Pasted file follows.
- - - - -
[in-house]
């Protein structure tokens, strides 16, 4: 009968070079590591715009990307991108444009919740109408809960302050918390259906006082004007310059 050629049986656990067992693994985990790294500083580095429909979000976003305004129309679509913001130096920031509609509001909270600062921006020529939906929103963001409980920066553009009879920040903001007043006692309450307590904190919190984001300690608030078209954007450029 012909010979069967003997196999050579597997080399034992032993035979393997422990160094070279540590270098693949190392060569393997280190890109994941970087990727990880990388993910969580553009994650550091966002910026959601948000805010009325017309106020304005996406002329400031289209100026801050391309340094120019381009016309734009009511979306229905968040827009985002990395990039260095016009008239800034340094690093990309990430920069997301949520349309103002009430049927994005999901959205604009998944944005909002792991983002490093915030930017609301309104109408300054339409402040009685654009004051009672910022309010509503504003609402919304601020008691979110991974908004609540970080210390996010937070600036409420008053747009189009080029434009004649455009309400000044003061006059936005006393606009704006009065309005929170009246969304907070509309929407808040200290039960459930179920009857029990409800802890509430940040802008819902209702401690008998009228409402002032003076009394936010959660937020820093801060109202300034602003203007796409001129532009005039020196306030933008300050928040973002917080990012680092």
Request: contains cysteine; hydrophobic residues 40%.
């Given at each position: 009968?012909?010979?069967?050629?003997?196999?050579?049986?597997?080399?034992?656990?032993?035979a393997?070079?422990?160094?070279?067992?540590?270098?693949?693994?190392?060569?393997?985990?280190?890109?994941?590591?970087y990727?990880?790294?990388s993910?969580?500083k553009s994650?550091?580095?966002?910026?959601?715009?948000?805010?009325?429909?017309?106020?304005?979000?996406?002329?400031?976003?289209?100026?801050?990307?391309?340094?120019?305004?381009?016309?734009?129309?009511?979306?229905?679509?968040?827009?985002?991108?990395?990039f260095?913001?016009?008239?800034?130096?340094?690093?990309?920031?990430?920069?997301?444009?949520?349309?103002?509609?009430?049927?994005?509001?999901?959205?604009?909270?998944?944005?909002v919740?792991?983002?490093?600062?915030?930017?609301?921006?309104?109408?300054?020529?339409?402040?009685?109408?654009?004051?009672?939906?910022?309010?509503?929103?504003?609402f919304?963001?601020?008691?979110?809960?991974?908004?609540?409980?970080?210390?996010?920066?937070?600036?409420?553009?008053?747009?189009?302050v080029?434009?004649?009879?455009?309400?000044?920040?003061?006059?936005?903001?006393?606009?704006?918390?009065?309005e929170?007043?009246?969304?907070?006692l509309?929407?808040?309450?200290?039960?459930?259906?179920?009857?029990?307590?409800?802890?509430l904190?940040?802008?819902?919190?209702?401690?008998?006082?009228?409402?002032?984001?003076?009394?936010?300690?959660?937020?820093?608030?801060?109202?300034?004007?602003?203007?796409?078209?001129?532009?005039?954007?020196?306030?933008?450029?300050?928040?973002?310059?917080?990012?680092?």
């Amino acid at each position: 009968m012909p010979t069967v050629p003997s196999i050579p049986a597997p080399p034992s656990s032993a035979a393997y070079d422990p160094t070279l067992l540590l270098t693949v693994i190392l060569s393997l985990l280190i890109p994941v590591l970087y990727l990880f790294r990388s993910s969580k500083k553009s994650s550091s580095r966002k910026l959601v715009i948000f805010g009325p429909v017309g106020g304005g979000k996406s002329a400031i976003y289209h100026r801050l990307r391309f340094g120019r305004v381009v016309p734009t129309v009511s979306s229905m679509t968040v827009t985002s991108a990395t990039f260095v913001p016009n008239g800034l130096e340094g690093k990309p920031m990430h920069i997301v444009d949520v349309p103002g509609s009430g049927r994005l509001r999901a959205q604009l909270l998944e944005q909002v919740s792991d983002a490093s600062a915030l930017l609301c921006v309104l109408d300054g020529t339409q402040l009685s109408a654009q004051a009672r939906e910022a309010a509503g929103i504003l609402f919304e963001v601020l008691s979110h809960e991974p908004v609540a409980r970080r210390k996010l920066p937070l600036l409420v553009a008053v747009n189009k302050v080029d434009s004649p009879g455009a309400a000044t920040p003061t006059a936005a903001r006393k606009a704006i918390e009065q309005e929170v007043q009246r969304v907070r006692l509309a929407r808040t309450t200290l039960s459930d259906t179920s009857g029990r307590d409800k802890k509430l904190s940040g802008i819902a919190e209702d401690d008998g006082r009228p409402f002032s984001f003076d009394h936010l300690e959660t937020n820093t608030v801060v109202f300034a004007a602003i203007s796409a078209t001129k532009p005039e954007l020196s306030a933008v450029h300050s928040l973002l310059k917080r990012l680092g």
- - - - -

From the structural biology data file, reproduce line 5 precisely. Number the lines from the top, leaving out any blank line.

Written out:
């Amino acid at each position: 009968m012909p010979t069967v050629p003997s196999i050579p049986a597997p080399p034992s656990s032993a035979a393997y070079d422990p160094t070279l067992l540590l270098t693949v693994i190392l060569s393997l985990l280190i890109p994941v590591l970087y990727l990880f790294r990388s993910s969580k500083k553009s994650s550091s580095r966002k910026l959601v715009i948000f805010g009325p429909v017309g106020g304005g979000k996406s002329a400031i976003y289209h100026r801050l990307r391309f340094g120019r305004v381009v016309p734009t129309v009511s979306s229905m679509t968040v827009t985002s991108a990395t990039f260095v913001p016009n008239g800034l130096e340094g690093k990309p920031m990430h920069i997301v444009d949520v349309p103002g509609s009430g049927r994005l509001r999901a959205q604009l909270l998944e944005q909002v919740s792991d983002a490093s600062a915030l930017l609301c921006v309104l109408d300054g020529t339409q402040l009685s109408a654009q004051a009672r939906e910022a309010a509503g929103i504003l609402f919304e963001v601020l008691s979110h809960e991974p908004v609540a409980r970080r210390k996010l920066p937070l600036l409420v553009a008053v747009n189009k302050v080029d434009s004649p009879g455009a309400a000044t920040p003061t006059a936005a903001r006393k606009a704006i918390e009065q309005e929170v007043q009246r969304v907070r006692l509309a929407r808040t309450t200290l039960s459930d259906t179920s009857g029990r307590d409800k802890k509430l904190s940040g802008i819902a919190e209702d401690d008998g006082r009228p409402f002032s984001f003076d009394h936010l300690e959660t937020n820093t608030v801060v109202f300034a004007a602003i203007s796409a078209t001129k532009p005039e954007l020196s306030a933008v450029h300050s928040l973002l310059k917080r990012l680092g």